Hiyoshi International Dormitory opened in 2017 and is made up of 4-room units that house two Japanese and two international students each. The dorm also includes shared kitchens and other communal spaces that provide plenty of opportunities for residents to get to know each other.
Nana Kurisu (First-Year Student, Faculty of Science and Engineering, from Fukuoka Prefecture)
Carson Heideman (Keio International Program, from the United States)
Takeharu Imai (Third-Year Student, Faculty of Policy Management, from Hyogo Prefecture)
Tsunashima SST International Dormitory opened in 2018 inside of Tsunashima Sustainable Smart Town as an integrated part of the community development happening in the area. The dorm features both private rooms and communal spaces.
From third from right:
Ririko Honda (Second-Year Student, Department of Political Science, Faculty of Law, from Shizuoka Prefecture)
Deborah Gabriela Gisler (Short-term International Student, from Switzerland)
Hironori Kitano (Second-Year Student, Faculty of Business and Commerce, from Osaka)
Kitano: I’m from Osaka and didn’t know anyone here, so I thought it could be lonely living by myself in Tokyo, which is what led me to look into the student dormitories on the Keio website. A dorm seemed like the best way to get used to living in Tokyo.
Honda: I felt the same way. I’m from Shizuoka, and I wasn’t thrilled about the idea of suddenly living alone, either. I was concerned about security, too.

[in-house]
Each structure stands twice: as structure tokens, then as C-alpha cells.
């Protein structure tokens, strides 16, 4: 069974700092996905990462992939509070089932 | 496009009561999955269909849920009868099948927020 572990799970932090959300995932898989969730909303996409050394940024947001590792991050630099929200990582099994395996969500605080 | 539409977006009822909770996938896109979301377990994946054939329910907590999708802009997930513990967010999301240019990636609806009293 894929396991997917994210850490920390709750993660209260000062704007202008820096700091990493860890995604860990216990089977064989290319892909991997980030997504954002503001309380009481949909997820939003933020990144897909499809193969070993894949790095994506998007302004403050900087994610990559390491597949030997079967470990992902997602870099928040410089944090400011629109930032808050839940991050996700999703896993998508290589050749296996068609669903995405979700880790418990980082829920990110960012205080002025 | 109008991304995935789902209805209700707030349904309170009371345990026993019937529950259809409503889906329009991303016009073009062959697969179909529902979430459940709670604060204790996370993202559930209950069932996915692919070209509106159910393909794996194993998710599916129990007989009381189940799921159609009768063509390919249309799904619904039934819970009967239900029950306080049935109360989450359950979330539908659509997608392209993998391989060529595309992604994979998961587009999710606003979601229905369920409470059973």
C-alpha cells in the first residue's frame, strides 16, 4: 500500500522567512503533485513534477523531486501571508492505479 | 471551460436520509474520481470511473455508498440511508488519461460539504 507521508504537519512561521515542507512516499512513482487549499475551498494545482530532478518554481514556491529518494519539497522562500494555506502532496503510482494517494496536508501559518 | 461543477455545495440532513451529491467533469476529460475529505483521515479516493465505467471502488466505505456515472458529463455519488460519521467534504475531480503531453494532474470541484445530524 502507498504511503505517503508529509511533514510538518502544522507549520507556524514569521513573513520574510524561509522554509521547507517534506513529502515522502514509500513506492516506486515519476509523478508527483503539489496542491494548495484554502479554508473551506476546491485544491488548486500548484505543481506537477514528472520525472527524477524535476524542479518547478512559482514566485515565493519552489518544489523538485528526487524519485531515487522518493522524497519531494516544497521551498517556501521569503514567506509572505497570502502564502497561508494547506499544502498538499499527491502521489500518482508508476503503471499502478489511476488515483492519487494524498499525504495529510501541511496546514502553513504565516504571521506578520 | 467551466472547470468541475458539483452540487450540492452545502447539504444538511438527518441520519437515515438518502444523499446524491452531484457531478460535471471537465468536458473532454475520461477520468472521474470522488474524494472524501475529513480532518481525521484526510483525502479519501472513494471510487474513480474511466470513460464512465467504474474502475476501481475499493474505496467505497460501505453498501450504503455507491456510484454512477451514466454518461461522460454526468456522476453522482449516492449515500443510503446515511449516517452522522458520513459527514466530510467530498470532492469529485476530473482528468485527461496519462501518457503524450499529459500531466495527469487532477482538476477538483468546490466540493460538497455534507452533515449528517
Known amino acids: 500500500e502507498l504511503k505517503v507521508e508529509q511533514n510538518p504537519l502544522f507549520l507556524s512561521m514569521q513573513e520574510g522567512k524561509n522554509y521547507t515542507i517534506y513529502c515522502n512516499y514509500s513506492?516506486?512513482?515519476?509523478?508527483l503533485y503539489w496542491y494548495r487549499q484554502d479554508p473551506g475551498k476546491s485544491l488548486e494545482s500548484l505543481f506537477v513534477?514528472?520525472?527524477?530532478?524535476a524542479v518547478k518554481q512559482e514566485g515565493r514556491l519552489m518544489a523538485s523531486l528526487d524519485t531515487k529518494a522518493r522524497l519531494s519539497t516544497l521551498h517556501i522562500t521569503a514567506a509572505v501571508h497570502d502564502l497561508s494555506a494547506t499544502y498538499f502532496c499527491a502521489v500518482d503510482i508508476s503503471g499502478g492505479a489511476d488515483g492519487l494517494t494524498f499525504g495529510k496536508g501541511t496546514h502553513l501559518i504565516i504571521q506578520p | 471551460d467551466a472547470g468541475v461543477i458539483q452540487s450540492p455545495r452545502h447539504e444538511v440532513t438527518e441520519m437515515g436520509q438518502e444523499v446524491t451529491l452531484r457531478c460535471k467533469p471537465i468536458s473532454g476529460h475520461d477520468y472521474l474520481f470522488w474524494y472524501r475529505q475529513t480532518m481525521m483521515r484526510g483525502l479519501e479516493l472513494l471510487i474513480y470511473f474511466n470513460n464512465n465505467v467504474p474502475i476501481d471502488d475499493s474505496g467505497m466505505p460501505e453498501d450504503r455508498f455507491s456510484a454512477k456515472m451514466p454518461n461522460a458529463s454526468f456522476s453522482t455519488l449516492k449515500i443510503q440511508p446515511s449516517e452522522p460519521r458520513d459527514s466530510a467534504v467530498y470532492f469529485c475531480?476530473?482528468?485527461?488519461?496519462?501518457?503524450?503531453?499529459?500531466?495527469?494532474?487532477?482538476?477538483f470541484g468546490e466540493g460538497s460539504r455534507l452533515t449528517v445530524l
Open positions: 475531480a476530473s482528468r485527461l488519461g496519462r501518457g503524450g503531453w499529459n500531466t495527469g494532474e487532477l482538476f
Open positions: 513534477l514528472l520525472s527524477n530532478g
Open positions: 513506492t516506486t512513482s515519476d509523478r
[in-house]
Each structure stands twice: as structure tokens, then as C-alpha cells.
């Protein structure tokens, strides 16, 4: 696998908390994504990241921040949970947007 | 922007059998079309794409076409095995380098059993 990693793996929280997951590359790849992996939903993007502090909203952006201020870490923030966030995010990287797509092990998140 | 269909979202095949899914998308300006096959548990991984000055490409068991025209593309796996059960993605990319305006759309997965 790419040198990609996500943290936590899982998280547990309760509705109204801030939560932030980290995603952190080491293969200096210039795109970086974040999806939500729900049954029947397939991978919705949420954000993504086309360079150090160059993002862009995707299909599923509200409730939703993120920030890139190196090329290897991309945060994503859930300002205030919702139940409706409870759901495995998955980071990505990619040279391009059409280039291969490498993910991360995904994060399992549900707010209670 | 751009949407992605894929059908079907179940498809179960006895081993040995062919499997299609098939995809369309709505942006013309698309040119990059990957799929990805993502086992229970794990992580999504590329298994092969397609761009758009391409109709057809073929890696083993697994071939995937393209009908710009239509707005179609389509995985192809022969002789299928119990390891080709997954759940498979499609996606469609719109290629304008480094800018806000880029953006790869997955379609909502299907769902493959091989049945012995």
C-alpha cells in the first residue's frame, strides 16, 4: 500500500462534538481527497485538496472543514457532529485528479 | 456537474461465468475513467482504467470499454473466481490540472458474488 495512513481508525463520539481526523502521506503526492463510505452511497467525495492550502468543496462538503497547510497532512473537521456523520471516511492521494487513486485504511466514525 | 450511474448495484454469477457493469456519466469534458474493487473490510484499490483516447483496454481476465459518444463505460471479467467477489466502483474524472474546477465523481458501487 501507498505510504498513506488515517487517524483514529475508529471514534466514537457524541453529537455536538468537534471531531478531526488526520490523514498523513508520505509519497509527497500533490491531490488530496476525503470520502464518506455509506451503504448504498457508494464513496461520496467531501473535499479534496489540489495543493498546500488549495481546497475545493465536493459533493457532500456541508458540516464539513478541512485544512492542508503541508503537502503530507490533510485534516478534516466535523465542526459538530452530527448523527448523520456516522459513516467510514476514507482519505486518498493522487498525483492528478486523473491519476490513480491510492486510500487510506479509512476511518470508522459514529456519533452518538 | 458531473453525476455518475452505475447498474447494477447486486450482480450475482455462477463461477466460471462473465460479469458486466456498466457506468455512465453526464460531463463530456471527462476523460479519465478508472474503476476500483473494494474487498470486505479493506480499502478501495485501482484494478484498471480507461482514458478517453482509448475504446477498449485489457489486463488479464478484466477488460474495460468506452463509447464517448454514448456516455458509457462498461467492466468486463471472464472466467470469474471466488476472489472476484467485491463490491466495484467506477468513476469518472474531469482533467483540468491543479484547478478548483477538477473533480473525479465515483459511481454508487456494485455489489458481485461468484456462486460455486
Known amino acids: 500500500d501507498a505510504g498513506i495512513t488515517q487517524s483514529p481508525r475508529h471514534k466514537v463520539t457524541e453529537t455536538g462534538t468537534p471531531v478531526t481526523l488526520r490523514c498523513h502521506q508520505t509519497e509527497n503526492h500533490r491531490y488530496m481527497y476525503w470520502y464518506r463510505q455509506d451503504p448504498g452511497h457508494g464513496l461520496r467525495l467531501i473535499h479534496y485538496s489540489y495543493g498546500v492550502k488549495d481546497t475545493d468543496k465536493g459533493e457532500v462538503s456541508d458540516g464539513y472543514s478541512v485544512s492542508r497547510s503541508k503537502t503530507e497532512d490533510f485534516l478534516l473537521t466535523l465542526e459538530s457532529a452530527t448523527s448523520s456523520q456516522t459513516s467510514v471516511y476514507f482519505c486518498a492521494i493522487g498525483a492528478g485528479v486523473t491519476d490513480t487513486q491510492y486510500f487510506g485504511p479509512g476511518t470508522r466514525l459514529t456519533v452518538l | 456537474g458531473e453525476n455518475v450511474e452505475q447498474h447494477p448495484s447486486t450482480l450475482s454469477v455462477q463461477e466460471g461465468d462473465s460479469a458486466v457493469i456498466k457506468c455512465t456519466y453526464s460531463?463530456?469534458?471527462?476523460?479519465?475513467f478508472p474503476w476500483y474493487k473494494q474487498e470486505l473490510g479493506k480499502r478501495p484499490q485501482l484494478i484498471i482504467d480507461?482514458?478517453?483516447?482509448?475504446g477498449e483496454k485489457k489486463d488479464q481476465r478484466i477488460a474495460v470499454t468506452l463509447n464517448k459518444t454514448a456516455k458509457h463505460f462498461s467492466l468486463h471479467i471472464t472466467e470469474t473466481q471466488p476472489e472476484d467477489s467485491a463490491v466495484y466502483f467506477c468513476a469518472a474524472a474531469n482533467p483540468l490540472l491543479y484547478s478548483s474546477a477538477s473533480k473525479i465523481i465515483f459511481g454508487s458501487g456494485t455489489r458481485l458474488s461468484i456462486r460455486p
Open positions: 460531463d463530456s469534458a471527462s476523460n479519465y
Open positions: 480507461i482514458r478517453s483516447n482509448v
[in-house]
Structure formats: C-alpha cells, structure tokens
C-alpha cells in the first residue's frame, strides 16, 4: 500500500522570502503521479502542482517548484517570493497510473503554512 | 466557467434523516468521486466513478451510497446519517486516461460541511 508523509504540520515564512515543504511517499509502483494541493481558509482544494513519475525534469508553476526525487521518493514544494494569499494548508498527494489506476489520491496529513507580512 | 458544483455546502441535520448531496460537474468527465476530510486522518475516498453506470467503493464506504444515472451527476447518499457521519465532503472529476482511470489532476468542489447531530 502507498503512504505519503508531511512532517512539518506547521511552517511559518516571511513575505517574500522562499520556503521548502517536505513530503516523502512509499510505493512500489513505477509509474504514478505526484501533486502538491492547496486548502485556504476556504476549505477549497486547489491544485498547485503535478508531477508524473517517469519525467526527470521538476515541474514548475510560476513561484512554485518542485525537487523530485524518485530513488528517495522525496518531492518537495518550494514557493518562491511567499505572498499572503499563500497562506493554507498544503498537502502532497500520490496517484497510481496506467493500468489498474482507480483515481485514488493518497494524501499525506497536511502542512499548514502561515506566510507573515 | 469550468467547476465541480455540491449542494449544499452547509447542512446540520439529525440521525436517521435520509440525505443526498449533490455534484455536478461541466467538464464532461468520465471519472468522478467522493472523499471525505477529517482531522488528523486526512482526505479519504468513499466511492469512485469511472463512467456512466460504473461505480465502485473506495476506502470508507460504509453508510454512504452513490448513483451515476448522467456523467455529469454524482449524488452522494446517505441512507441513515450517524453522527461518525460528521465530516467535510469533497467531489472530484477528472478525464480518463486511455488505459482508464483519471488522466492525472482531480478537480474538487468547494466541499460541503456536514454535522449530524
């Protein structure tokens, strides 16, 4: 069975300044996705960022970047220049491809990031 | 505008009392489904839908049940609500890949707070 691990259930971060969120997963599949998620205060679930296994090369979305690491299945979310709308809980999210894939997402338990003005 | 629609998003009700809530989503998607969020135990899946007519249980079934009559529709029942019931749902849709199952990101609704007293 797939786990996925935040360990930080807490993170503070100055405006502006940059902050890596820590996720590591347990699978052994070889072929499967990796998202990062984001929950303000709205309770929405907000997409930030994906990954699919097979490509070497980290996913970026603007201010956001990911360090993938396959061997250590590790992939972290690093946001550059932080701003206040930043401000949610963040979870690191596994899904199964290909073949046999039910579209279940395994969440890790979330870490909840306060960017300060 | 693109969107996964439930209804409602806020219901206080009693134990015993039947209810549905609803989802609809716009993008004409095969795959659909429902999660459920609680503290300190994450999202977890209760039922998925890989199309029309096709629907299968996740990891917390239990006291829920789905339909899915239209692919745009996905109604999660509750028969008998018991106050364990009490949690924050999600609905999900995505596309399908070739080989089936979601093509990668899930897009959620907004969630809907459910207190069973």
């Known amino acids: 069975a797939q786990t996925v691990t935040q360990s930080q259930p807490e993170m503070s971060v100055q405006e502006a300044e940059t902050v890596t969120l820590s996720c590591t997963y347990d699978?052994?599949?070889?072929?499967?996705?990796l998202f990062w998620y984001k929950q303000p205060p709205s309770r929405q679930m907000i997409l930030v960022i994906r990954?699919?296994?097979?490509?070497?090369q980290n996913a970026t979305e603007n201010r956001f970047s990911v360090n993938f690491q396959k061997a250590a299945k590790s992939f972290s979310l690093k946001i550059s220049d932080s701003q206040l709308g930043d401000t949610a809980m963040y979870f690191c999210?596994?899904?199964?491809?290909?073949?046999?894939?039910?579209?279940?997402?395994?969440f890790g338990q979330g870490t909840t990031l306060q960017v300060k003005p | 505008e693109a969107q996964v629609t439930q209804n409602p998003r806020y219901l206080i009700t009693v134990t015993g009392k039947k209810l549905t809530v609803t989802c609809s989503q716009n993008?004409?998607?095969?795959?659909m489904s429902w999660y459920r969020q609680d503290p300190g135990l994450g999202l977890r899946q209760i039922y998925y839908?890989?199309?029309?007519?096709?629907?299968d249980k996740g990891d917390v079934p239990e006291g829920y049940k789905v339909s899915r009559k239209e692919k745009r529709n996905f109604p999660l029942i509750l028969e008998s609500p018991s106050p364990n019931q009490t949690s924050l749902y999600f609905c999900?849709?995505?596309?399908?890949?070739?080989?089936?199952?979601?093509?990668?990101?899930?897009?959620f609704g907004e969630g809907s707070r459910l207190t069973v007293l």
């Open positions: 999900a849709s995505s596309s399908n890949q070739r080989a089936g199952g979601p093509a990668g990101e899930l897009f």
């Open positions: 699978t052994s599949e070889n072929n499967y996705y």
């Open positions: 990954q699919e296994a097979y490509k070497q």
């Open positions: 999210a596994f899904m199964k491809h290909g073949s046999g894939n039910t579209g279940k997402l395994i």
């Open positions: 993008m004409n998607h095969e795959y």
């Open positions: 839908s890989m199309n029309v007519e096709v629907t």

Kurisu: I was also worried about security and thought it would be safer to stay in a dorm.
Honda: A friend of mine who lives alone told me that they had had some trouble with door-to-door salespeople. But here, there is a front desk and access control, so we don’t have to worry about those kinds of things.
Kurisu: Keio has several dorms in different locations, but since I am studying at the Faculty of Science and Technology, I thought that a dorm in Hiyoshi would be the most convenient. When I came to take a tour of the building and saw international students walking down the hallway, I thought it could be an excellent opportunity for me to get a global perspective among such a diverse group of people.
Deborah: This is my first time living abroad, so I had no idea what to expect, but living in the dorm has helped me adjust quickly, and I’ve made a lot of friends, too. I chose the Tsunashima SST International Dormitory because I was interested in its sustainability initiatives. I wanted to see what it was like living in a next-generation smart city in a dorm powered by solar energy.
Imai: I thought it would be easier to make friends if I lived in a dorm, and luckily, it was. [laughs] About half of the students in the Hiyoshi International Dormitory are international students. I'm really glad I chose the dorm because I’ve become friends with students from all over the world, not just other Japanese students.
Kitano: When I heard the word dormitory, I imagined somewhere old and traditional, but the building is new, and everyone has their own room, which makes it very comfortable. But there are also shared spaces like the kitchen, dining area, and common rooms, so you never feel lonely.
Carson: At the Hiyoshi International Dormitory, two international students share one housing unit with two Japanese students. Everyone has their own room but shares a communal living room and bathroom, so you have space to hang out while still maintaining your privacy. There’s also a large public bath in the dorm, which I quite like.